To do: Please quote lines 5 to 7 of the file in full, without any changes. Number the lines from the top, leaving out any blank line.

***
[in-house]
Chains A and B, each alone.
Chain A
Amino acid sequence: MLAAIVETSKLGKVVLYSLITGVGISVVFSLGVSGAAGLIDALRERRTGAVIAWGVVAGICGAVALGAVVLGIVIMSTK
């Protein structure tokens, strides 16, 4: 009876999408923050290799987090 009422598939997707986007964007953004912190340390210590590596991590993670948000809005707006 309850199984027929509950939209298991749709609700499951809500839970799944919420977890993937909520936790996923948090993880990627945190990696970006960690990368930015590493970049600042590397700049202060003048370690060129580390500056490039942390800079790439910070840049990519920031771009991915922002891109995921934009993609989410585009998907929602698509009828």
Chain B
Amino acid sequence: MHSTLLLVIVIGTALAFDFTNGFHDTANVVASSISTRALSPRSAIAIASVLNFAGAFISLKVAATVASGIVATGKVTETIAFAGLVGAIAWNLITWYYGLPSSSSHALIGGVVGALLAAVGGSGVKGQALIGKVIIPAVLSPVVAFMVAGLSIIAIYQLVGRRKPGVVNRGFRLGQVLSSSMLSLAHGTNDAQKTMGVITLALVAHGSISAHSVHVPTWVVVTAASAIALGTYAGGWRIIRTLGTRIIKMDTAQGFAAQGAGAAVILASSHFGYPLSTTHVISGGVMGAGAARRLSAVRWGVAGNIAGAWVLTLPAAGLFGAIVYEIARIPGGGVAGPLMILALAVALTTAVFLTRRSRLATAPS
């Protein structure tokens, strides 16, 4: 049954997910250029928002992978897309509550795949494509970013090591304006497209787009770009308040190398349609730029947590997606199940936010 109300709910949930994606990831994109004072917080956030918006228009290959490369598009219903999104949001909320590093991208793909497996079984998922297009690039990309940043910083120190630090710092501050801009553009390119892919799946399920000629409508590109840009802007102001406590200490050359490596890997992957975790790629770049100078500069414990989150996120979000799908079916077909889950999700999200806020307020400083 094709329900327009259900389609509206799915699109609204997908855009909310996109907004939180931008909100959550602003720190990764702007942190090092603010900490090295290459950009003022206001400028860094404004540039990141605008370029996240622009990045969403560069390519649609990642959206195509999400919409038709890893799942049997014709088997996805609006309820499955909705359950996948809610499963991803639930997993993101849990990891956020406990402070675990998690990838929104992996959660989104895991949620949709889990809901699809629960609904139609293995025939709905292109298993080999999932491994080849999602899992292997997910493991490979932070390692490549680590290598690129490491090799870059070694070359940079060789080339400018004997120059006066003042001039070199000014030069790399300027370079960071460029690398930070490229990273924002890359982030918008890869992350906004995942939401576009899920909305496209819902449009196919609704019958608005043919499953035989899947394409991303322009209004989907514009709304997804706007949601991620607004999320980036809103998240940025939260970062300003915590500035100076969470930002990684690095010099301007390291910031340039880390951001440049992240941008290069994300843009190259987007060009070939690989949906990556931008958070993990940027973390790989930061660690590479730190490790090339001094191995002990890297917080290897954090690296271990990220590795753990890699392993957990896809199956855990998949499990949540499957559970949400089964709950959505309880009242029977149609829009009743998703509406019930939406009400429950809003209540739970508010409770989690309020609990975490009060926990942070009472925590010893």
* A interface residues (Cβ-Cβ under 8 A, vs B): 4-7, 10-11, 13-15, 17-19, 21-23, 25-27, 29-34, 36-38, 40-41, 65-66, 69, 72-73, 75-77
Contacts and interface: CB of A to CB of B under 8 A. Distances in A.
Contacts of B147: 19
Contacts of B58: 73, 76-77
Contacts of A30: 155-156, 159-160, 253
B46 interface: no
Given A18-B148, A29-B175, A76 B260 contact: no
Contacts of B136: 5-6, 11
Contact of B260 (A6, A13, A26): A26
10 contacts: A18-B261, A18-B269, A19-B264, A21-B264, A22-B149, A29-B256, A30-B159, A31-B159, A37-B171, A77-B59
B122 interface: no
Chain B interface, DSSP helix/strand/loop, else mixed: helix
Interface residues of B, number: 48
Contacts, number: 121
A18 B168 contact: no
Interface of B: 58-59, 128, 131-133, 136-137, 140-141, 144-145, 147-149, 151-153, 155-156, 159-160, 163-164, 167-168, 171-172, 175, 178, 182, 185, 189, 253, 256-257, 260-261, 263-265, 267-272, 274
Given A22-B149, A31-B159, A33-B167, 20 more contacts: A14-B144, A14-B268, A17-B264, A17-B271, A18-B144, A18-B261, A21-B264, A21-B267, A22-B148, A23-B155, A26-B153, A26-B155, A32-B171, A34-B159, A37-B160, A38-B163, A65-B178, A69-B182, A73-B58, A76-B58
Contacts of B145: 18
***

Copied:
């Protein structure tokens, strides 16, 4: 009876999408923050290799987090 009422598939997707986007964007953004912190340390210590590596991590993670948000809005707006 309850199984027929509950939209298991749709609700499951809500839970799944919420977890993937909520936790996923948090993880990627945190990696970006960690990368930015590493970049600042590397700049202060003048370690060129580390500056490039942390800079790439910070840049990519920031771009991915922002891109995921934009993609989410585009998907929602698509009828």
Chain B
Amino acid sequence: MHSTLLLVIVIGTALAFDFTNGFHDTANVVASSISTRALSPRSAIAIASVLNFAGAFISLKVAATVASGIVATGKVTETIAFAGLVGAIAWNLITWYYGLPSSSSHALIGGVVGALLAAVGGSGVKGQALIGKVIIPAVLSPVVAFMVAGLSIIAIYQLVGRRKPGVVNRGFRLGQVLSSSMLSLAHGTNDAQKTMGVITLALVAHGSISAHSVHVPTWVVVTAASAIALGTYAGGWRIIRTLGTRIIKMDTAQGFAAQGAGAAVILASSHFGYPLSTTHVISGGVMGAGAARRLSAVRWGVAGNIAGAWVLTLPAAGLFGAIVYEIARIPGGGVAGPLMILALAVALTTAVFLTRRSRLATAPS